There is a lot of buzz circulating among one of the industry’s brightest companies, EcoTech Marine. Two things in particular have brought them into the spotlight more than usual: 1) Their sponsored flow study (and resulting underperformance under the testing criteria by main competitor Tunze) and 2) Their to be released Radion LED light… I’ll give […]
There is a lot of buzz circulating among one of the industry’s brightest companies, EcoTech Marine. Two things in particular have brought them into the spotlight more than usual: 1) Their sponsored flow study (and resulting underperformance under the testing criteria by main competitor Tunze) and 2) Their to be released Radion LED light… I’ll give my thoughts on the Radion in another article (post-MACNA) when I can comment on its appearance.
With everything appearing to go swimmingly I was pretty stunned when looking into Orbital’s patent re-examinations today, I came across a very recent re-exam request for EcoTech’s patented “Bracketless Magnetic Pump” — more commonly known as their Vortech line of aquarium pumps. And by recent, I mean August 26, 2011 recent.
In reality, the story is not as big of a deal as a patent re-examination may sound. What is most revealing is how the aquarium industry has begun to protect and challenge intellectual property. This is no longer just KZ’s cone skimmer war, but has spread across subsets of the aquarium market.
Back to the re-exam. The request was filed by Fulbright & Jaworski, LLP of Houston, Texas. In the manner that it was filed we don’t know who F&J was acting on behalf of, but my non-attorney opinion is that EcoTech will need to take this seriously.
It appears that EcoTech has not immediately responded to re-exam request which gives the aquarium stalwarts 90 days to get their defense in line. My understanding of this is, if EcoTech comes out with a solid defense against the request filed, the re-exam is dead. If not, the formal re-exam process “begins”.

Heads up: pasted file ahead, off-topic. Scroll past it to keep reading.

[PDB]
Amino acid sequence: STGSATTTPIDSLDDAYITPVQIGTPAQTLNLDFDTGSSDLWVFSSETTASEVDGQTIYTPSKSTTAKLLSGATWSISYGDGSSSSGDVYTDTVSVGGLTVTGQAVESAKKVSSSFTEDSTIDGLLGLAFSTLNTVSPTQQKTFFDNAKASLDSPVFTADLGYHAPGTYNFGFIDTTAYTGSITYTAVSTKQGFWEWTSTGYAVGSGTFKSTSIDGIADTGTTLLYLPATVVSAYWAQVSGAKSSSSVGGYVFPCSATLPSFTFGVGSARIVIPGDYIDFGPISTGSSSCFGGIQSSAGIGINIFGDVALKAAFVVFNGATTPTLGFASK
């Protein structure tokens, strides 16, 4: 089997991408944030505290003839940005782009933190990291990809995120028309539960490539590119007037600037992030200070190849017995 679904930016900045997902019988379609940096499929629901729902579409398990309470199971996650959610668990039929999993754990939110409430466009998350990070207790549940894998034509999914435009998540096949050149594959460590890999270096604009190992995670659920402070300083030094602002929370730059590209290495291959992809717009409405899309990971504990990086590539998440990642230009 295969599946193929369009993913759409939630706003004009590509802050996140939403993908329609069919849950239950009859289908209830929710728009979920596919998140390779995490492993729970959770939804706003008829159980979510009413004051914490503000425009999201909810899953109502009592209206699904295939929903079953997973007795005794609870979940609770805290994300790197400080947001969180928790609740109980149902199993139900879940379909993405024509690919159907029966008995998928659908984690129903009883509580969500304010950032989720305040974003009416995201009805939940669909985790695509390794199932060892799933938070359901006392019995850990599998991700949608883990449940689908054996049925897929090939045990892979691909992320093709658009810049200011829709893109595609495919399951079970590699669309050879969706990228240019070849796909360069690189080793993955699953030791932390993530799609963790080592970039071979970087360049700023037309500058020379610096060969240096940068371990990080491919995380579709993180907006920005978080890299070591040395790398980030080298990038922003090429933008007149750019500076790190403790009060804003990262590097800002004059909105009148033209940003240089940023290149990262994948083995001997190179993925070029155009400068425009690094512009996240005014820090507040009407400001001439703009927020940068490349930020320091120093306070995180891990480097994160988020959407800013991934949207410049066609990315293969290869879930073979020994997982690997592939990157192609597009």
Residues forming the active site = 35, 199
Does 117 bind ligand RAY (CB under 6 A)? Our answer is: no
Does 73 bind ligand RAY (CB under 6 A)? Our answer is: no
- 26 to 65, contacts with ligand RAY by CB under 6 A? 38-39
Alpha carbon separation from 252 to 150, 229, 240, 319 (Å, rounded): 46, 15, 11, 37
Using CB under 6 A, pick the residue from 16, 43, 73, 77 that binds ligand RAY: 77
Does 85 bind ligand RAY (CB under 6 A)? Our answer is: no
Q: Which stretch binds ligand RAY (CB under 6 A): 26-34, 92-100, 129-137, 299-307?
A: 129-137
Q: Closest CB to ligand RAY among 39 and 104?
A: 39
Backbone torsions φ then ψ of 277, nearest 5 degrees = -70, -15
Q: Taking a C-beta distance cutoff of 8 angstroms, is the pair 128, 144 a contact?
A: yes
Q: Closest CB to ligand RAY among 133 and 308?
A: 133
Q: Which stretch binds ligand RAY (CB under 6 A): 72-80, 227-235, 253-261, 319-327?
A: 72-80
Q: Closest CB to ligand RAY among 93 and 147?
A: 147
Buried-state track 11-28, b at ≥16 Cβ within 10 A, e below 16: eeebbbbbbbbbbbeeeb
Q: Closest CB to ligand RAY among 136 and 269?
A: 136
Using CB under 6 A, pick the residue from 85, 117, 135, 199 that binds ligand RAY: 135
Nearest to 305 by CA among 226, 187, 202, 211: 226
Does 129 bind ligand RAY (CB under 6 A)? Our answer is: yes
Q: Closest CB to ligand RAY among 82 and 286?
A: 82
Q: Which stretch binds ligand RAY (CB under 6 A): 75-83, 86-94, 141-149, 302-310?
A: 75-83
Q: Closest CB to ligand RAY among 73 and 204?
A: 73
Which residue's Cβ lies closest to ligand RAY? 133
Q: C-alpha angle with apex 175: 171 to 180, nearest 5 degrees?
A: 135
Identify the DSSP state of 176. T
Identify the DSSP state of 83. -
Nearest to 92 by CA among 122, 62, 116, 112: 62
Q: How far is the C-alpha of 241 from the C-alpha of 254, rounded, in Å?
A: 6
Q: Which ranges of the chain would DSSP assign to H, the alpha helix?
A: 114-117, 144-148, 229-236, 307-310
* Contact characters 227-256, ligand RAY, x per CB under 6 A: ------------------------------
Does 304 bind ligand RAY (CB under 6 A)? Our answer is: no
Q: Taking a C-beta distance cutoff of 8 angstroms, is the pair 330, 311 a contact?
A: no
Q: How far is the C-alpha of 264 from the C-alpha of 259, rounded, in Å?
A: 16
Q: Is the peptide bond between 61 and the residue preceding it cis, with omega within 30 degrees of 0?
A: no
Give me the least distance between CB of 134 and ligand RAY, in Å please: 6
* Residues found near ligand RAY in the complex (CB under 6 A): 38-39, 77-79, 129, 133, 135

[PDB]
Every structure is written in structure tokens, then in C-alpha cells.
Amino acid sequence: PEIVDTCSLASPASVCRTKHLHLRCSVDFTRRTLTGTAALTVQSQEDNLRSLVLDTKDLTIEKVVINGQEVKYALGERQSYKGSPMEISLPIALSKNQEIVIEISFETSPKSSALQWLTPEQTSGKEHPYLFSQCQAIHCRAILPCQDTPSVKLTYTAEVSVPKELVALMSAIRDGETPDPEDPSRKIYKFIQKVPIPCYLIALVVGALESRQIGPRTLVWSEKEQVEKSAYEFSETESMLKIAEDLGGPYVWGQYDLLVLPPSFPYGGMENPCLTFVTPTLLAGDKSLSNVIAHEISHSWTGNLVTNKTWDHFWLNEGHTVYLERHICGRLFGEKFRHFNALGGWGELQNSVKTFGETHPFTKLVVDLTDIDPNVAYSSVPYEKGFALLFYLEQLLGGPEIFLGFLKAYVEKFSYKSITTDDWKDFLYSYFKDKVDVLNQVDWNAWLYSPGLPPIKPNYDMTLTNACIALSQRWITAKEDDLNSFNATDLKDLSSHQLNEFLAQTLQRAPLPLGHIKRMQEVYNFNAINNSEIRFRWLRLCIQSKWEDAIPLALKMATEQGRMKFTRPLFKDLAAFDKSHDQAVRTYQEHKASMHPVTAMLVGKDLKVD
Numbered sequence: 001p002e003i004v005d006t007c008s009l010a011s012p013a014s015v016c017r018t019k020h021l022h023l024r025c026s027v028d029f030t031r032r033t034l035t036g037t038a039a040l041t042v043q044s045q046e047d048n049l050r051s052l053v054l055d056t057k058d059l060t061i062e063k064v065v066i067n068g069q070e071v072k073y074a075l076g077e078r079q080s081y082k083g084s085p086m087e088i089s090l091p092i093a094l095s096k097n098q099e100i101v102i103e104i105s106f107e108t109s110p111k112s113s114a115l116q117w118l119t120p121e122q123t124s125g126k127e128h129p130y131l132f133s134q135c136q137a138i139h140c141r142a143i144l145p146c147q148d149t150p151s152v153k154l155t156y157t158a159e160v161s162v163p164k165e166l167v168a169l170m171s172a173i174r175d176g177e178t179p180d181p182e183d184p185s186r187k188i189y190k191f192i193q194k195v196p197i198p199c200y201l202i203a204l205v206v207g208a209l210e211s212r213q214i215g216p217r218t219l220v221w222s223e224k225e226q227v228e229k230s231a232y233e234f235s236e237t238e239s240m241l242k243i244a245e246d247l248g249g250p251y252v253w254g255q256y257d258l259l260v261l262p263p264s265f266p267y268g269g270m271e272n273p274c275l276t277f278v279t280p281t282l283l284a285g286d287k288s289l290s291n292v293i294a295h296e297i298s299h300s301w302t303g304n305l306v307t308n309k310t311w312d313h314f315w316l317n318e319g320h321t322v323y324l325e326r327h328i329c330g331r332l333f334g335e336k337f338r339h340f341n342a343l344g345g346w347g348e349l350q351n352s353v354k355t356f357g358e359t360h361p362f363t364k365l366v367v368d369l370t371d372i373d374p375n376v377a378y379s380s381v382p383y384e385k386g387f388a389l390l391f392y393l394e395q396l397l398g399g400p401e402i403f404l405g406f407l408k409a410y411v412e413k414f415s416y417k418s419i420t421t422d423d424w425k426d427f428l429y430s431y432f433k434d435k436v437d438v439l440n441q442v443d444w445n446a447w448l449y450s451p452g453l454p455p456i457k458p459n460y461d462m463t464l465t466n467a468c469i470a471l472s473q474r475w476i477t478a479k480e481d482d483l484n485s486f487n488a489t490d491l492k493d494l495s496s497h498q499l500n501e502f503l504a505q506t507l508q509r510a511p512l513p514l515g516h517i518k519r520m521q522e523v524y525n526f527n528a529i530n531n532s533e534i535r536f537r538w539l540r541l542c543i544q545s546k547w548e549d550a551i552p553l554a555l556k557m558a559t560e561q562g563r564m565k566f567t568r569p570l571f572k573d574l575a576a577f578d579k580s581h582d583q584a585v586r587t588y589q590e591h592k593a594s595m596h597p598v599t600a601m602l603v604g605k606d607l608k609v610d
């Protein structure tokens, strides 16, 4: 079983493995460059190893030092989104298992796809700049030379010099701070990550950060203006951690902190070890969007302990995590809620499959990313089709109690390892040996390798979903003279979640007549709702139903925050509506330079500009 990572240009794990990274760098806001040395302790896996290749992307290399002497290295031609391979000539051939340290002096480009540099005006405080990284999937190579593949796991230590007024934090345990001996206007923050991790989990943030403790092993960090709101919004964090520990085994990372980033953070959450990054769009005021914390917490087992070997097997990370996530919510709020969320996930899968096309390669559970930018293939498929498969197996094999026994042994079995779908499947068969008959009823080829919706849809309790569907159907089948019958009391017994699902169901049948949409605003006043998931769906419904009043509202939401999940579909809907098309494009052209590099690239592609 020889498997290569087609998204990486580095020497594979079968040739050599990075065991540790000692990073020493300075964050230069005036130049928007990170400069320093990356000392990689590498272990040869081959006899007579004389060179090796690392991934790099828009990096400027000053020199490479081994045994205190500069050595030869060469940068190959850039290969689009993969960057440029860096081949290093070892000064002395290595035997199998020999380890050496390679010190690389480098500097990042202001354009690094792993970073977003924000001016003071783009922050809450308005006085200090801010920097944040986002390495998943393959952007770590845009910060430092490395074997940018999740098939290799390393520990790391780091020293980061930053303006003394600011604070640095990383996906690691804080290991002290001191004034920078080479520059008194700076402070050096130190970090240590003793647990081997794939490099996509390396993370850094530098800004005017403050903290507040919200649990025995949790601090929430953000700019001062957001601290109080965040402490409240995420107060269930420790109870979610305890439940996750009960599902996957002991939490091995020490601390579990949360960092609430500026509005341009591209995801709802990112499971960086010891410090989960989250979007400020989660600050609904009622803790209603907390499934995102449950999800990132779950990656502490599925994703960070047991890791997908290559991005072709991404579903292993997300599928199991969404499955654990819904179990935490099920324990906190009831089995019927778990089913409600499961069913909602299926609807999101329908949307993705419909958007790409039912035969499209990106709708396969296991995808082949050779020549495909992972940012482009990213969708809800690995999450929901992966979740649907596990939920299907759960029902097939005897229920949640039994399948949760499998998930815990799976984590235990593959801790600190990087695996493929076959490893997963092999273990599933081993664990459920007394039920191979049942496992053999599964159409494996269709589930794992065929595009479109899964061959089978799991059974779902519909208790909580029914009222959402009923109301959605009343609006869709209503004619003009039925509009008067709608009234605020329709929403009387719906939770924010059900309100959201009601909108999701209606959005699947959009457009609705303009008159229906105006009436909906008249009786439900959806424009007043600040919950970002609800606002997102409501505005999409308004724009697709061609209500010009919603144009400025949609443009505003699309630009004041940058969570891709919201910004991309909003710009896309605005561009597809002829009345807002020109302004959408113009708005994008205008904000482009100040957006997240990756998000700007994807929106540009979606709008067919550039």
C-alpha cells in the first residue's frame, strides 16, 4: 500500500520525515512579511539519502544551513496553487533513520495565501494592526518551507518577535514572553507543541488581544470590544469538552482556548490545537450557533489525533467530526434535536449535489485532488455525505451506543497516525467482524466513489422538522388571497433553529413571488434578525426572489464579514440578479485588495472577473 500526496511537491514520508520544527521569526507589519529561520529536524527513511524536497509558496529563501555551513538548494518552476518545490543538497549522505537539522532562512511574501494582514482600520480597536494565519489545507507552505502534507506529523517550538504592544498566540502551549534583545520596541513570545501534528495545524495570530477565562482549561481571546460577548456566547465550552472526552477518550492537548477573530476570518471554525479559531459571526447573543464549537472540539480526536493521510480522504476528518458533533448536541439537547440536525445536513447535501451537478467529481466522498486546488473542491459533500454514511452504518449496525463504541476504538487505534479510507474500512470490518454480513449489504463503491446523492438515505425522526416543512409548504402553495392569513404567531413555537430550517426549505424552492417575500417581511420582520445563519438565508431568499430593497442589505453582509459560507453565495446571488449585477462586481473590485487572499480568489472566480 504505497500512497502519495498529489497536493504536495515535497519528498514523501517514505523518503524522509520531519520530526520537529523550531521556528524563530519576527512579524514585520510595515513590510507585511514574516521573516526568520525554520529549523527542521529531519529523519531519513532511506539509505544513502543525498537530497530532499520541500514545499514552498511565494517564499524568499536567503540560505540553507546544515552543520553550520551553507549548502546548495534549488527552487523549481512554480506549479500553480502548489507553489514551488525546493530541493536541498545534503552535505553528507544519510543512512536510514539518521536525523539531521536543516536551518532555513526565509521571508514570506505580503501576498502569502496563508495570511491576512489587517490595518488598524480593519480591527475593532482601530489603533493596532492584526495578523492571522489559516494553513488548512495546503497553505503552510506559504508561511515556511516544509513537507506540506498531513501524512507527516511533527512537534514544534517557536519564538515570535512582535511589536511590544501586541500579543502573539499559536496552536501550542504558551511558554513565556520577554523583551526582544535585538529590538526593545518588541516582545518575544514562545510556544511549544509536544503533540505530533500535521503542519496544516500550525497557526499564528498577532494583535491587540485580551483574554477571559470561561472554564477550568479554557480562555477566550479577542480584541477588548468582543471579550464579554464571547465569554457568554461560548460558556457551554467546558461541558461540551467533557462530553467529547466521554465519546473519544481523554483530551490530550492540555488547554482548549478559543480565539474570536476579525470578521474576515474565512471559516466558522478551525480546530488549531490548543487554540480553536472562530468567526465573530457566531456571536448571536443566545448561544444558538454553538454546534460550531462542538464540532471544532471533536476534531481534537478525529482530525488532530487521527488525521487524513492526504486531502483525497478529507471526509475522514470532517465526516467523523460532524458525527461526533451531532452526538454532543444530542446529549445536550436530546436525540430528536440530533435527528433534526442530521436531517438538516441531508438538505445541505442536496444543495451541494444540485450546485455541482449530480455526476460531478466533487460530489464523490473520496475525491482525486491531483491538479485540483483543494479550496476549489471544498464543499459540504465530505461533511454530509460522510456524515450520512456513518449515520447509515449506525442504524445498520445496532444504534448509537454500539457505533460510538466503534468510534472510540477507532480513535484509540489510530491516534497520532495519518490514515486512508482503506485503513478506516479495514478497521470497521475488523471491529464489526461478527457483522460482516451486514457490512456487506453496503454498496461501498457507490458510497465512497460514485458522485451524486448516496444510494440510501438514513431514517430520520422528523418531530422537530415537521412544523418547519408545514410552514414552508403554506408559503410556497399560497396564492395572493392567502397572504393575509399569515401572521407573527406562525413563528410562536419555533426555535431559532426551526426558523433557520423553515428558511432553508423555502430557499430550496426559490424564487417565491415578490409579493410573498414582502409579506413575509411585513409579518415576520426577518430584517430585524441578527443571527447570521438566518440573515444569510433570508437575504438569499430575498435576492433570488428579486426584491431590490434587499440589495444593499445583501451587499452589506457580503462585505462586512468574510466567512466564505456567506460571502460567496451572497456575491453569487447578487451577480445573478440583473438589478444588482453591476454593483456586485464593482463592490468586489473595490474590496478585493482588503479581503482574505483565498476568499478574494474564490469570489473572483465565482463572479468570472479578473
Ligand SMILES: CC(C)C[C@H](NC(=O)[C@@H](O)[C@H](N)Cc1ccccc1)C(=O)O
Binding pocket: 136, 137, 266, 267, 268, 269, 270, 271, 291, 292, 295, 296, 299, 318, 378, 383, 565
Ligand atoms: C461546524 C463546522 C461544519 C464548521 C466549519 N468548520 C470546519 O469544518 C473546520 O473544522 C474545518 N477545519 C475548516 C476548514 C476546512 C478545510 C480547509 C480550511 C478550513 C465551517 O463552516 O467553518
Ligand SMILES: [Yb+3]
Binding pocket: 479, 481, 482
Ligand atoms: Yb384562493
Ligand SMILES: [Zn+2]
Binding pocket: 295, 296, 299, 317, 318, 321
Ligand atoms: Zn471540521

The re-examination request pulls a bunch of patents one of which I previously never paid much attention to, despite the fact that it incorporates the magnetic coupling idea that is well… what makes a Vortech… a Vortech. Specifically, I am talking about Anthony J. Allis’s 2004 patent, apparently owned by Mag-Life, which was filed 5 months prior to EcoTech’s filing. The Allis patent describes a magnetically coupled aquarium motor as integrated in its filter system. You can read the full Allis patent here.
In Claim 1, the re-examination argues that the Allis patent “meets every recited feature” of EcoTech’s. Below is a screen grab of the comparison that the filed re-examination makes between the Allis patent and EcoTech’s. If EcoTech defends this well it is a non event. If they do not, it could alter the aquarium pump marketplace.
When I asked Tim Marks, President of EcoTech Marine, on his thoughts of the re-examination he responded with the fact that the evidence presented in the request was already considered by the USPTO. When looking at the references cited and looked at by the patent examiner, it’s true. See the very first one:
Hopefully the USPTO will still feel the same. Can you imagine a Coralife made, Vortech-style pump? No thanks.